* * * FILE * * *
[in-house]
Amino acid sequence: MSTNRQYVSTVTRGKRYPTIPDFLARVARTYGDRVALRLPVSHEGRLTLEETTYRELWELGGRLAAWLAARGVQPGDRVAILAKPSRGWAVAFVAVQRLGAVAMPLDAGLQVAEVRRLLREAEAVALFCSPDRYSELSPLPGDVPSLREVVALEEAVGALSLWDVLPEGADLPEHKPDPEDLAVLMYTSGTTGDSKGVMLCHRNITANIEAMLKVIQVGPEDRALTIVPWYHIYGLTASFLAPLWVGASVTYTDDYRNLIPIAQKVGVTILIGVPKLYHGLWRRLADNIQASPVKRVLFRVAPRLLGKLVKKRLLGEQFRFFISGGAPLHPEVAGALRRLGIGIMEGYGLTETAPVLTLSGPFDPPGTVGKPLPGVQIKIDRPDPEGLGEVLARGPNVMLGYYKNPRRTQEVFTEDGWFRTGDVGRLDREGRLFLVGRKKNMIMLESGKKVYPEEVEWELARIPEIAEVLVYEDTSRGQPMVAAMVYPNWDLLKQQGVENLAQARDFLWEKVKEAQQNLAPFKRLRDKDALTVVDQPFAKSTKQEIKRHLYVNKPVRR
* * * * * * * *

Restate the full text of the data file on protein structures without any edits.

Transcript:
[in-house]
Amino acid sequence: MSTNRQYVSTVTRGKRYPTIPDFLARVARTYGDRVALRLPVSHEGRLTLEETTYRELWELGGRLAAWLAARGVQPGDRVAILAKPSRGWAVAFVAVQRLGAVAMPLDAGLQVAEVRRLLREAEAVALFCSPDRYSELSPLPGDVPSLREVVALEEAVGALSLWDVLPEGADLPEHKPDPEDLAVLMYTSGTTGDSKGVMLCHRNITANIEAMLKVIQVGPEDRALTIVPWYHIYGLTASFLAPLWVGASVTYTDDYRNLIPIAQKVGVTILIGVPKLYHGLWRRLADNIQASPVKRVLFRVAPRLLGKLVKKRLLGEQFRFFISGGAPLHPEVAGALRRLGIGIMEGYGLTETAPVLTLSGPFDPPGTVGKPLPGVQIKIDRPDPEGLGEVLARGPNVMLGYYKNPRRTQEVFTEDGWFRTGDVGRLDREGRLFLVGRKKNMIMLESGKKVYPEEVEWELARIPEIAEVLVYEDTSRGQPMVAAMVYPNWDLLKQQGVENLAQARDFLWEKVKEAQQNLAPFKRLRDKDALTVVDQPFAKSTKQEIKRHLYVNKPVRR